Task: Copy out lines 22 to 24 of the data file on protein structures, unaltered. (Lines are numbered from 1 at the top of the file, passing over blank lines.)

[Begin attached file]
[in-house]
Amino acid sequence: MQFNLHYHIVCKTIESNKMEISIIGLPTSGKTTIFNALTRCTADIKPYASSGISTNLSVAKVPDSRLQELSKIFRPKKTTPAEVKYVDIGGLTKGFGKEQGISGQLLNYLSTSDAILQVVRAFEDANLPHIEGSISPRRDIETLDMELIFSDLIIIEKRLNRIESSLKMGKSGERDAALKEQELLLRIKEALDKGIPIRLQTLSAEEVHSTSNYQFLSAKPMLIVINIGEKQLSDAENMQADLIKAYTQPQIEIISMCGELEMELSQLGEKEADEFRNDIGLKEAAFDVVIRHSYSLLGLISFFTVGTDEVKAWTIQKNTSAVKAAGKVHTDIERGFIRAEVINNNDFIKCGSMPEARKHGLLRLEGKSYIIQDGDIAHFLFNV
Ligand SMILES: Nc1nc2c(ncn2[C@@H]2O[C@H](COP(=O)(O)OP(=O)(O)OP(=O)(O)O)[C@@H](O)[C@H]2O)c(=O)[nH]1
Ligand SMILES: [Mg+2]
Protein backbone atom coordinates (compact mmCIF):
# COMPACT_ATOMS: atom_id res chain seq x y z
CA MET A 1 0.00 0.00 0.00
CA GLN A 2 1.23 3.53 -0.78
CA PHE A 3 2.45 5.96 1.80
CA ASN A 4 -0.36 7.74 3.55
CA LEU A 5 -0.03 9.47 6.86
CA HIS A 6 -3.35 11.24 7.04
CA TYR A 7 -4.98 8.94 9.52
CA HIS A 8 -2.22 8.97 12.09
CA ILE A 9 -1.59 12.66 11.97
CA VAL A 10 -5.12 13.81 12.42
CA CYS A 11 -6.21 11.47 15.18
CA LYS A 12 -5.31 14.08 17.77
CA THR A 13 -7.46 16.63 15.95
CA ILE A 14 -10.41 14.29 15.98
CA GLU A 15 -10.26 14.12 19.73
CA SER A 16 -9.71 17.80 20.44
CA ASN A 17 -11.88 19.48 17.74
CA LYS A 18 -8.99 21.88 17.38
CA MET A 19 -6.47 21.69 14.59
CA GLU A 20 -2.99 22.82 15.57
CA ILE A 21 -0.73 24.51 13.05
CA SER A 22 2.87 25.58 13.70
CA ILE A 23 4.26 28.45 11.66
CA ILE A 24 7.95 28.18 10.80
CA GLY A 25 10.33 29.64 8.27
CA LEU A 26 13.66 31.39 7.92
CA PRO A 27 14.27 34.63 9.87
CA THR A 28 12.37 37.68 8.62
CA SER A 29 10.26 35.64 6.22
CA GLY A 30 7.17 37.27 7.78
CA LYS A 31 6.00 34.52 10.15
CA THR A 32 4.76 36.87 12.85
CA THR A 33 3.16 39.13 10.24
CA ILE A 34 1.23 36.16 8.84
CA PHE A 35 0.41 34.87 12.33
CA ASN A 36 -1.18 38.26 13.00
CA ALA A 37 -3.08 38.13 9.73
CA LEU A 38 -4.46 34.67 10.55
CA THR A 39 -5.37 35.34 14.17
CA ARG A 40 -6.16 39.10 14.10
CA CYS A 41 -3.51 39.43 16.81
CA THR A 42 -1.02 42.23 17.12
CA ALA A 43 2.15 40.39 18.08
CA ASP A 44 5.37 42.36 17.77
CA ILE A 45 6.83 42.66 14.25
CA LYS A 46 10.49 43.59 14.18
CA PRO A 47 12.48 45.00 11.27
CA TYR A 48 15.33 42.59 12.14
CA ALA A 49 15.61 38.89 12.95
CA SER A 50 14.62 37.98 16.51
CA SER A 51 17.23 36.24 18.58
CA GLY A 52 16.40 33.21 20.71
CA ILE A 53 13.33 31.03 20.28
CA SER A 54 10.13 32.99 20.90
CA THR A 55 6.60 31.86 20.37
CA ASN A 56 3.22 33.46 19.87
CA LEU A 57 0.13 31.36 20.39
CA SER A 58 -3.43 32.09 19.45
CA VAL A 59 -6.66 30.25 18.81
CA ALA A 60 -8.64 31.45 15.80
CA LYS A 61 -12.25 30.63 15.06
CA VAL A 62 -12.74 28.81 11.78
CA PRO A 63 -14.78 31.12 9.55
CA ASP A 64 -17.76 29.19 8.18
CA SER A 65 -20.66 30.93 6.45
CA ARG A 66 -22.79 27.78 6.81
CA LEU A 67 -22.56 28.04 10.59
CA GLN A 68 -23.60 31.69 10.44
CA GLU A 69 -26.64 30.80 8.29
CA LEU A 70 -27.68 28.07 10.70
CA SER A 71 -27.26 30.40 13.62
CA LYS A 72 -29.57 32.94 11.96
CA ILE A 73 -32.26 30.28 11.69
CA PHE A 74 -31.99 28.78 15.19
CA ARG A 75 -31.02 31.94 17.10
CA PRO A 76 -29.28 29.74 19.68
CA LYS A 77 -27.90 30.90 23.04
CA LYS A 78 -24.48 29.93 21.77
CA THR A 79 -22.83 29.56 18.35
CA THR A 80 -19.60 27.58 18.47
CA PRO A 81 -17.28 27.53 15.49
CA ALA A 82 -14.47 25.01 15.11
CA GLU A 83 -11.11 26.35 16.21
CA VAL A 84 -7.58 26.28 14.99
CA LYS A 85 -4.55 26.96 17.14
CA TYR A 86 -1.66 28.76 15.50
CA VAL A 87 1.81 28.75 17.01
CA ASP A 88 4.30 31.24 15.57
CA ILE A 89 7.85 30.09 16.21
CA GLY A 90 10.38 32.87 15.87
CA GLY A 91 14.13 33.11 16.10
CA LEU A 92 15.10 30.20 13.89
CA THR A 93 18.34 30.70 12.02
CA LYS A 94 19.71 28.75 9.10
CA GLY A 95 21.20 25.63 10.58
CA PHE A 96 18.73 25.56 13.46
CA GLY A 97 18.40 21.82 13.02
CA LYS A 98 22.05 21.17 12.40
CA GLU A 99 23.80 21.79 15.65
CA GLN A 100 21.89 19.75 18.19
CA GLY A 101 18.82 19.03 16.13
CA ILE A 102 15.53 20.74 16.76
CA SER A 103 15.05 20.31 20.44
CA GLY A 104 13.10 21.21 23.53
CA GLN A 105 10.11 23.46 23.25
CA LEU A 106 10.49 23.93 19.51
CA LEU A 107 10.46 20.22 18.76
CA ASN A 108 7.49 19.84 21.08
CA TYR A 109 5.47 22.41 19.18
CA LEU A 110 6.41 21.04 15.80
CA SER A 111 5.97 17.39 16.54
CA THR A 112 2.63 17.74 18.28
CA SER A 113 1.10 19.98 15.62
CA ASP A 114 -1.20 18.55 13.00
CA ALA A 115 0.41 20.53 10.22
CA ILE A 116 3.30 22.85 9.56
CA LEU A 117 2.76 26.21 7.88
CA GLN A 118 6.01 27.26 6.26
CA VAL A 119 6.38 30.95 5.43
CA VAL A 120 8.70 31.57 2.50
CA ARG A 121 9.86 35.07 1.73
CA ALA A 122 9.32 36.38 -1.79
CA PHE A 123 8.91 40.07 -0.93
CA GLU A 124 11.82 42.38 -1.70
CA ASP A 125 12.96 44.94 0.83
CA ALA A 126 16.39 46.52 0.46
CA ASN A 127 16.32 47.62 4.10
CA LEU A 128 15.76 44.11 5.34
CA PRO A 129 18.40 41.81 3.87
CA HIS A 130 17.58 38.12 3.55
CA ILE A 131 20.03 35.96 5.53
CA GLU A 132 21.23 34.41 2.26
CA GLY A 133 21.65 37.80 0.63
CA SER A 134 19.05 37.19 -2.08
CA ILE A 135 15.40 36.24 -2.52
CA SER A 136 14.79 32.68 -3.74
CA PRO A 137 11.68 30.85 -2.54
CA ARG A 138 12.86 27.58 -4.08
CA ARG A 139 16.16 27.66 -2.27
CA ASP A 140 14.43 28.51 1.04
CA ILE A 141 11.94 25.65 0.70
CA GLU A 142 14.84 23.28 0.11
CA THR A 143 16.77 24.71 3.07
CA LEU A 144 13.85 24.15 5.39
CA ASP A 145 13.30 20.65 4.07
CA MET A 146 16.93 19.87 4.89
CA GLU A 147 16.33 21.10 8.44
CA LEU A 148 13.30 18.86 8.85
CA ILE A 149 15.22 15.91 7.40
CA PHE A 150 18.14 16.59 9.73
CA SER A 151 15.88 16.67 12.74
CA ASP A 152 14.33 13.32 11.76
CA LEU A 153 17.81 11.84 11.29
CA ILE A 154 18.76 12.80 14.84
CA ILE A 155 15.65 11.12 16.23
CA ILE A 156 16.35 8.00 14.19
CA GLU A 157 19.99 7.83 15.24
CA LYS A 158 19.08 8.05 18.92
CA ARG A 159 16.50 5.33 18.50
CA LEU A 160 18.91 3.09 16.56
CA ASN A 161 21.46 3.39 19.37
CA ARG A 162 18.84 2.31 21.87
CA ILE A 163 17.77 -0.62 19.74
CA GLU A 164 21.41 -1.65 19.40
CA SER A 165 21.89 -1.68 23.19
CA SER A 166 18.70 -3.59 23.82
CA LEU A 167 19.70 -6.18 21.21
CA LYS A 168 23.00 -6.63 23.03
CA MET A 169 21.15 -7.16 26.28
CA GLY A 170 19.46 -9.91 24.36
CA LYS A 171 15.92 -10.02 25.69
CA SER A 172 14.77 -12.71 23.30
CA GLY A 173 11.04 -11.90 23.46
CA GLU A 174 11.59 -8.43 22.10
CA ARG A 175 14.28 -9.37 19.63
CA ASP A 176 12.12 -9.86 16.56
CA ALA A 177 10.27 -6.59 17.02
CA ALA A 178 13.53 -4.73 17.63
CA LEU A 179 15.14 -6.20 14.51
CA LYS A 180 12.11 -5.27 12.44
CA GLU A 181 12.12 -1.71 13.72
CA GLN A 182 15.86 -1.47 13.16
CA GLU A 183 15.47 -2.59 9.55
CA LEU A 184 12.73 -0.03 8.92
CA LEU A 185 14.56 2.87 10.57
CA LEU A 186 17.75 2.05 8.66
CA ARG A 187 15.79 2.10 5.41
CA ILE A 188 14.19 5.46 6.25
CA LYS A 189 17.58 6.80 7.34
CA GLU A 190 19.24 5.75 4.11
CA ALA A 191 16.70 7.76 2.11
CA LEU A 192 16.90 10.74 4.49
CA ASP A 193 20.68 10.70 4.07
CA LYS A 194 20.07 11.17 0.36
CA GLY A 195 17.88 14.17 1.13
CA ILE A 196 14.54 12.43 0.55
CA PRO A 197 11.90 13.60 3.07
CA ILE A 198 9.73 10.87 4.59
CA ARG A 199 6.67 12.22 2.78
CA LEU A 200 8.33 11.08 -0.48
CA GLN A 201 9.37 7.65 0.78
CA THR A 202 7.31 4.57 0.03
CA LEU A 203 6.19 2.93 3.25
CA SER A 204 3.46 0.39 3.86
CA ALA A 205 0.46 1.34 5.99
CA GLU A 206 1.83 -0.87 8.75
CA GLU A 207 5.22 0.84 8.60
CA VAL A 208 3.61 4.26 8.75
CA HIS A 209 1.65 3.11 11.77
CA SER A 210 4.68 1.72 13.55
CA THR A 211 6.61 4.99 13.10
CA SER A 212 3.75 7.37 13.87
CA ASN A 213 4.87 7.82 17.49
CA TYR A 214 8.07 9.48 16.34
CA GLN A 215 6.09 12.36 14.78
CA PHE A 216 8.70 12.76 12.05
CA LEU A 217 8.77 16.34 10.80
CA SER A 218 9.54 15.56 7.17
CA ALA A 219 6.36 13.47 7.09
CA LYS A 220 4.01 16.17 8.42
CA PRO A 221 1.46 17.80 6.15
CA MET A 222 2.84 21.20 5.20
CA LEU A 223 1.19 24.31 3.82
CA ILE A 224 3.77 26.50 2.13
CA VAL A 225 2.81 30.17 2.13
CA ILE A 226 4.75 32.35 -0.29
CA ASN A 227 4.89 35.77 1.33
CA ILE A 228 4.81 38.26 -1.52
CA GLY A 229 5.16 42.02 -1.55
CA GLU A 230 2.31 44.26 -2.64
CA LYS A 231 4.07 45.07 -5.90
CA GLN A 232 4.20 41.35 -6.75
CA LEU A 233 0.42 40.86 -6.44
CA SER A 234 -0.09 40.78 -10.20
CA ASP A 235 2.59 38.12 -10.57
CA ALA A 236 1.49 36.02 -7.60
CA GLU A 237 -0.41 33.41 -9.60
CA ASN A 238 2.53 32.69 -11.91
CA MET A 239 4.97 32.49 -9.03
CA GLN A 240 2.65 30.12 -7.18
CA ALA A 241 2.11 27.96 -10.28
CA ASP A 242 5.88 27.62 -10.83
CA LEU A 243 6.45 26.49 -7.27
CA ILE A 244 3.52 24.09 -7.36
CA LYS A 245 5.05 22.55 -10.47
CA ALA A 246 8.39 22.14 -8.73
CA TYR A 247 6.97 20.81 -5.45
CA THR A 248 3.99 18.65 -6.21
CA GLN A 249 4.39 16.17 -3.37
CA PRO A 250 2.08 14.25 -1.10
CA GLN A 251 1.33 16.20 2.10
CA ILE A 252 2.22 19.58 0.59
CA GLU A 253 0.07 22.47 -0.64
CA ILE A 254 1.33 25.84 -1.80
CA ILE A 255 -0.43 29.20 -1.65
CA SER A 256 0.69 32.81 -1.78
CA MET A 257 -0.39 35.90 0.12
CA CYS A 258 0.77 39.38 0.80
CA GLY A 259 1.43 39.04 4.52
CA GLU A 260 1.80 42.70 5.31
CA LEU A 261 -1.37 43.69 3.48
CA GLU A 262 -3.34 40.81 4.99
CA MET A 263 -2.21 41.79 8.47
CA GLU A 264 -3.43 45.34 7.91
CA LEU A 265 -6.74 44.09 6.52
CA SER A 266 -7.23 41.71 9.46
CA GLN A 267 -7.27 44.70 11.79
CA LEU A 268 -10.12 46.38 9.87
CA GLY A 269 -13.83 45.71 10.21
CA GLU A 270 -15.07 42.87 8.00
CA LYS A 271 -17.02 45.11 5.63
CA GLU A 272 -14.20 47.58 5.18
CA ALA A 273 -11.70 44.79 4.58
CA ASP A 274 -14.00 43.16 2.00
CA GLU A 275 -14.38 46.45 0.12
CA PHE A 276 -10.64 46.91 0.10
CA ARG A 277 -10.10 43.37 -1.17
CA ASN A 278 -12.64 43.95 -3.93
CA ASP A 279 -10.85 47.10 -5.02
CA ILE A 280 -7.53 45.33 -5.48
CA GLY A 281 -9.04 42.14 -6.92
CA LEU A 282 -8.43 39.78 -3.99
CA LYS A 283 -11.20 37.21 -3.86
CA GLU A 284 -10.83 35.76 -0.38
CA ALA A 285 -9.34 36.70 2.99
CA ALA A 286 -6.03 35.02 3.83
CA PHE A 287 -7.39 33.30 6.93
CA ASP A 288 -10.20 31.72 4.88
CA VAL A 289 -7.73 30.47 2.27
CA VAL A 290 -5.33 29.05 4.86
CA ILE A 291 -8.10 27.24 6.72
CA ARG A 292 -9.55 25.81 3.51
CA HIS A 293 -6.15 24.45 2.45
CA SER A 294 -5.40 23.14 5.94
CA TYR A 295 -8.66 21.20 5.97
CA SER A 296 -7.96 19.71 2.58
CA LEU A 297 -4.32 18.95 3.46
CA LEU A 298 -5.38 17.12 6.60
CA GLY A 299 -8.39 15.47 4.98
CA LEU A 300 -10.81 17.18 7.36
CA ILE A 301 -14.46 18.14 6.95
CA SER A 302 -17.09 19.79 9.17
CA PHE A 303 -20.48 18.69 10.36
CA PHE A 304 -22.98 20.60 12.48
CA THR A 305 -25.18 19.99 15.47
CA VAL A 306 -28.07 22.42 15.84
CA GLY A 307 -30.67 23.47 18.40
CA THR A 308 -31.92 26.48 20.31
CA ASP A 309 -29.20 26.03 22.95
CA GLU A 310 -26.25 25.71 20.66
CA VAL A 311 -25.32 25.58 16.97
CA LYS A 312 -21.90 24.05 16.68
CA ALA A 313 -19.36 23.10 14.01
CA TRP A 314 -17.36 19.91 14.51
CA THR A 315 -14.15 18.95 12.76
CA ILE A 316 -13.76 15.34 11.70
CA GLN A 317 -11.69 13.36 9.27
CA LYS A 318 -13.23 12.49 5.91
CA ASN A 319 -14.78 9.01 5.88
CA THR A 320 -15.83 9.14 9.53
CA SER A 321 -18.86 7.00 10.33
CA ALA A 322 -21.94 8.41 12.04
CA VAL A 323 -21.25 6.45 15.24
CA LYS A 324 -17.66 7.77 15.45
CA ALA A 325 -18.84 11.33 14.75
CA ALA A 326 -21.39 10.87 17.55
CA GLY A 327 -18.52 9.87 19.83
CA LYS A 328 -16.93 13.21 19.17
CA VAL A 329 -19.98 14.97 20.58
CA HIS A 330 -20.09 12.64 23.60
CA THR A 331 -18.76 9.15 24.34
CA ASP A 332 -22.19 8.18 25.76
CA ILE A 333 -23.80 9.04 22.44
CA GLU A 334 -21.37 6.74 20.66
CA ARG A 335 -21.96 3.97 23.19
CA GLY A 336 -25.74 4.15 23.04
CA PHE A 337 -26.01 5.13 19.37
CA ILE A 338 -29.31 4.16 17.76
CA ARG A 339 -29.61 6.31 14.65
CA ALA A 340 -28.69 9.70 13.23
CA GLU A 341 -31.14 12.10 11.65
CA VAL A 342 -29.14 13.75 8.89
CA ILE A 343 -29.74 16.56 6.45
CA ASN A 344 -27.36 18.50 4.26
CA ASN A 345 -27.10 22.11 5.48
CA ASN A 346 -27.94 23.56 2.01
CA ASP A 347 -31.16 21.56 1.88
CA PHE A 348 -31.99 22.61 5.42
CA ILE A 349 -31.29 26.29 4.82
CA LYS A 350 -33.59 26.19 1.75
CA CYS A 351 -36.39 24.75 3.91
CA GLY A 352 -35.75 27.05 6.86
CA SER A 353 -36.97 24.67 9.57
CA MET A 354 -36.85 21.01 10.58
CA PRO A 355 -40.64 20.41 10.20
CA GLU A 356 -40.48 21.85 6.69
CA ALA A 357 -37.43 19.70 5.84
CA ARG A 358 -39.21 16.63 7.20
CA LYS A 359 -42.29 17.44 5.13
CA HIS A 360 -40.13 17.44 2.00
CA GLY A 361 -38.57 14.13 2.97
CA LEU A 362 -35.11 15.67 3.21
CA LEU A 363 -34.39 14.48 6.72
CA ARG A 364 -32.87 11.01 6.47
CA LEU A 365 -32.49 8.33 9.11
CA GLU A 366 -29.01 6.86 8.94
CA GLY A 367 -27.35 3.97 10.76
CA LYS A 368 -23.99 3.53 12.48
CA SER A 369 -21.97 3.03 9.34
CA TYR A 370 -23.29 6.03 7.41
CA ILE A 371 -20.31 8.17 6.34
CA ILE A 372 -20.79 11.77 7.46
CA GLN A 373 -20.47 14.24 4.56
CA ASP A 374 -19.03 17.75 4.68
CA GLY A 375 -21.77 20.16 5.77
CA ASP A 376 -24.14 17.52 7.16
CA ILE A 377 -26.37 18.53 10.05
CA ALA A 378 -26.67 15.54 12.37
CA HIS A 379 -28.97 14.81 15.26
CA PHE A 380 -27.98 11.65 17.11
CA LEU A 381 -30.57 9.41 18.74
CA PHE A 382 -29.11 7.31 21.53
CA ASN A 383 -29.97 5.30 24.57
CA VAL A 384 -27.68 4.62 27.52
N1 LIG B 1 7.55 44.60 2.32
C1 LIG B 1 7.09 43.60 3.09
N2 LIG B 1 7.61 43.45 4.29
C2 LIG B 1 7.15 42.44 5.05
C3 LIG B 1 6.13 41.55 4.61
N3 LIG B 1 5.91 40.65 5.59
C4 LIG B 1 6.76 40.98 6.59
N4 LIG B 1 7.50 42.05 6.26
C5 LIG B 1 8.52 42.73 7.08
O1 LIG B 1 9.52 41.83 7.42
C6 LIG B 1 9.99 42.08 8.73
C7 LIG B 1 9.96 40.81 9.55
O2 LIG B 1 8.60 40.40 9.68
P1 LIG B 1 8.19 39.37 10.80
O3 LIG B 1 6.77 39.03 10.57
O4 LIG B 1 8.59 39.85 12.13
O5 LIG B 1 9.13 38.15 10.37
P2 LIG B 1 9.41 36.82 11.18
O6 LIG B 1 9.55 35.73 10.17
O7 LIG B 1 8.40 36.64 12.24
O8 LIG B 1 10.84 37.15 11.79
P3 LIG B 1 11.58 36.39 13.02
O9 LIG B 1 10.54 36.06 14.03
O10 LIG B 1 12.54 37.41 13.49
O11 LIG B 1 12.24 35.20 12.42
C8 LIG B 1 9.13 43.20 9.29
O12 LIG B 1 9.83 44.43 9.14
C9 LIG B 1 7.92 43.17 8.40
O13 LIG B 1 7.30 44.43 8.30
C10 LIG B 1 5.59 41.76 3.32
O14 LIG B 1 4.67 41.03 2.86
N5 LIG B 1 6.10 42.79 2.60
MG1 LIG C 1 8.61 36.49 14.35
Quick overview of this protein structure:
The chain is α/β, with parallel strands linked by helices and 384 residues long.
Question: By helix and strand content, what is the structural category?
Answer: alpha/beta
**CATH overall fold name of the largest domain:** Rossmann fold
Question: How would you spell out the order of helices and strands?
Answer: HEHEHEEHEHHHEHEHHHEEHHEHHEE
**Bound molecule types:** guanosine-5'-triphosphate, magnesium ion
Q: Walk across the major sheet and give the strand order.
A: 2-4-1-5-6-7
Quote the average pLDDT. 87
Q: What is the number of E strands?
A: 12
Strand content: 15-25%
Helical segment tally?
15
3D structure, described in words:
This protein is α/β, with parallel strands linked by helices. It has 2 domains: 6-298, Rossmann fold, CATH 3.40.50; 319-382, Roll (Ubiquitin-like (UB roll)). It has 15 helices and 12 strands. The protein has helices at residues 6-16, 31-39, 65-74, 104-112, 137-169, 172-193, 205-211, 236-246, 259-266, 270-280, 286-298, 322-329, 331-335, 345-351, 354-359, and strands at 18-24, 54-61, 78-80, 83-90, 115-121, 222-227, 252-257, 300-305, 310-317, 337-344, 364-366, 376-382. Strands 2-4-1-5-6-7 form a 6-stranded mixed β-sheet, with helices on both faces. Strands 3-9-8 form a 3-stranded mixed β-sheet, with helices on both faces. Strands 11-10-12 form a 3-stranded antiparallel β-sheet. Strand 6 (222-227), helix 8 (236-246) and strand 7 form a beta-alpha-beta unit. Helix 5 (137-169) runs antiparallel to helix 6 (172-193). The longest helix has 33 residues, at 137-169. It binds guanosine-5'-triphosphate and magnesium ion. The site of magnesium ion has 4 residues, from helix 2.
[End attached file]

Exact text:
CA SER A 16 -9.71 17.80 20.44
CA ASN A 17 -11.88 19.48 17.74
CA LYS A 18 -8.99 21.88 17.38